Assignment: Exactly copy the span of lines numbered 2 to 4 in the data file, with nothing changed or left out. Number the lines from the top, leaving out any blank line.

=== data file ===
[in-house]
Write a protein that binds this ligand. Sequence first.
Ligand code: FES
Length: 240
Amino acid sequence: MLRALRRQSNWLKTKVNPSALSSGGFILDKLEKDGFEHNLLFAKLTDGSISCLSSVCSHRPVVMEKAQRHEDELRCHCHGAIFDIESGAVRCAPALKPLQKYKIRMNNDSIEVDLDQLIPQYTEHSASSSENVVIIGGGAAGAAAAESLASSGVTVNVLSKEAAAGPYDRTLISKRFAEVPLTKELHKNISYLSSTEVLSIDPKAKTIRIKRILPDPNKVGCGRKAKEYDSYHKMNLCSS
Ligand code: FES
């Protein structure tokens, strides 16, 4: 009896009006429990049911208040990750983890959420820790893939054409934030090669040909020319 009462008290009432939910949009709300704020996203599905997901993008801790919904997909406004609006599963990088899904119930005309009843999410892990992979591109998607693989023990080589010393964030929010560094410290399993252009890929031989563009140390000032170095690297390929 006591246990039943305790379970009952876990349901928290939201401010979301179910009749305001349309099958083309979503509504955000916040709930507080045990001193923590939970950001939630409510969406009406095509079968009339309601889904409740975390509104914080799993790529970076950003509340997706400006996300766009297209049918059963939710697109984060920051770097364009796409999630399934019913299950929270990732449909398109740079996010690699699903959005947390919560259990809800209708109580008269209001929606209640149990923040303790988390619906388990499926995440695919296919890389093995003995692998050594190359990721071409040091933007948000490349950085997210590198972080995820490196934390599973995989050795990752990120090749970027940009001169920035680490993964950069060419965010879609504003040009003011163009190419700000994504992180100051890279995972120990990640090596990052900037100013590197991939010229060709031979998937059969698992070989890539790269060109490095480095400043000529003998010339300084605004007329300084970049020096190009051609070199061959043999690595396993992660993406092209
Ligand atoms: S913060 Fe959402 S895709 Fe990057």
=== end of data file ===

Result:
Write a protein that binds this ligand. Sequence first.
Ligand code: FES
Length: 240